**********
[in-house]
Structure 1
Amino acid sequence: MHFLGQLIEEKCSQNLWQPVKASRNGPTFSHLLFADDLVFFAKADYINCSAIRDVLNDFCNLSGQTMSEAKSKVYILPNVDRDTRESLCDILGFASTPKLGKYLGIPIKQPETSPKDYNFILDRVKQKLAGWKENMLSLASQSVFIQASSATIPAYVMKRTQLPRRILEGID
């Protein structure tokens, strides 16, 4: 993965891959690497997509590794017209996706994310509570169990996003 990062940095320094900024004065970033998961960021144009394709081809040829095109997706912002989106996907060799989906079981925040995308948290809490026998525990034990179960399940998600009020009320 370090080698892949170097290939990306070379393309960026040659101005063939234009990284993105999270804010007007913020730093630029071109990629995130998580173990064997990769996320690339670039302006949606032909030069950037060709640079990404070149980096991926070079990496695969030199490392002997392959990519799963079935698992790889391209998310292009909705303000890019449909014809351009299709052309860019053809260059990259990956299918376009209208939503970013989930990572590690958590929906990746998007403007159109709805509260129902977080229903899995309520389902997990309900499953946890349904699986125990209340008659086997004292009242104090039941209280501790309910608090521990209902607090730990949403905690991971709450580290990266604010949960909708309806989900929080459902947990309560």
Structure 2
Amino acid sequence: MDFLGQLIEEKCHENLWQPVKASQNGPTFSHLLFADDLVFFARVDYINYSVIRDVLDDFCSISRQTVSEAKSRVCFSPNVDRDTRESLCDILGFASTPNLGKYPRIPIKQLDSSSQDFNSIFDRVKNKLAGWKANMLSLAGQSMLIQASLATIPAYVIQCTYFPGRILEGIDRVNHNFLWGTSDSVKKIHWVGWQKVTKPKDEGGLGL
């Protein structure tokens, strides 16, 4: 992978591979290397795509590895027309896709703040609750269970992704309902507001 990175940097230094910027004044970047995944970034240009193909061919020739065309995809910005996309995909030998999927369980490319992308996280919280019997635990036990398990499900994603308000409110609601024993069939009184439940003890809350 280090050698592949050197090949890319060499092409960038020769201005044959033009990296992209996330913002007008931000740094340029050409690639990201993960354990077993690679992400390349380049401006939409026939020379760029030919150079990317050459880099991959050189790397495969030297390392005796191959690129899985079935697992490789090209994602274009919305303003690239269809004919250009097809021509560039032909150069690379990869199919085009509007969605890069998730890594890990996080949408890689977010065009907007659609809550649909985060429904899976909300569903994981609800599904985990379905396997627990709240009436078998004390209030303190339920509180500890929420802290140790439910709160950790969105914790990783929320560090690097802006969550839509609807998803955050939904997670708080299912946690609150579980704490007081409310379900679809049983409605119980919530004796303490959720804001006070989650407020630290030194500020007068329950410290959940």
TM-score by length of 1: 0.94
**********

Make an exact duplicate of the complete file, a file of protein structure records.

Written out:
[in-house]
Structure 1
Amino acid sequence: MHFLGQLIEEKCSQNLWQPVKASRNGPTFSHLLFADDLVFFAKADYINCSAIRDVLNDFCNLSGQTMSEAKSKVYILPNVDRDTRESLCDILGFASTPKLGKYLGIPIKQPETSPKDYNFILDRVKQKLAGWKENMLSLASQSVFIQASSATIPAYVMKRTQLPRRILEGID
């Protein structure tokens, strides 16, 4: 993965891959690497997509590794017209996706994310509570169990996003 990062940095320094900024004065970033998961960021144009394709081809040829095109997706912002989106996907060799989906079981925040995308948290809490026998525990034990179960399940998600009020009320 370090080698892949170097290939990306070379393309960026040659101005063939234009990284993105999270804010007007913020730093630029071109990629995130998580173990064997990769996320690339670039302006949606032909030069950037060709640079990404070149980096991926070079990496695969030199490392002997392959990519799963079935698992790889391209998310292009909705303000890019449909014809351009299709052309860019053809260059990259990956299918376009209208939503970013989930990572590690958590929906990746998007403007159109709805509260129902977080229903899995309520389902997990309900499953946890349904699986125990209340008659086997004292009242104090039941209280501790309910608090521990209902607090730990949403905690991971709450580290990266604010949960909708309806989900929080459902947990309560």
Structure 2
Amino acid sequence: MDFLGQLIEEKCHENLWQPVKASQNGPTFSHLLFADDLVFFARVDYINYSVIRDVLDDFCSISRQTVSEAKSRVCFSPNVDRDTRESLCDILGFASTPNLGKYPRIPIKQLDSSSQDFNSIFDRVKNKLAGWKANMLSLAGQSMLIQASLATIPAYVIQCTYFPGRILEGIDRVNHNFLWGTSDSVKKIHWVGWQKVTKPKDEGGLGL
């Protein structure tokens, strides 16, 4: 992978591979290397795509590895027309896709703040609750269970992704309902507001 990175940097230094910027004044970047995944970034240009193909061919020739065309995809910005996309995909030998999927369980490319992308996280919280019997635990036990398990499900994603308000409110609601024993069939009184439940003890809350 280090050698592949050197090949890319060499092409960038020769201005044959033009990296992209996330913002007008931000740094340029050409690639990201993960354990077993690679992400390349380049401006939409026939020379760029030919150079990317050459880099991959050189790397495969030297390392005796191959690129899985079935697992490789090209994602274009919305303003690239269809004919250009097809021509560039032909150069690379990869199919085009509007969605890069998730890594890990996080949408890689977010065009907007659609809550649909985060429904899976909300569903994981609800599904985990379905396997627990709240009436078998004390209030303190339920509180500890929420802290140790439910709160950790969105914790990783929320560090690097802006969550839509609807998803955050939904997670708080299912946690609150579980704490007081409310379900679809049983409605119980919530004796303490959720804001006070989650407020630290030194500020007068329950410290959940």
TM-score by length of 1: 0.94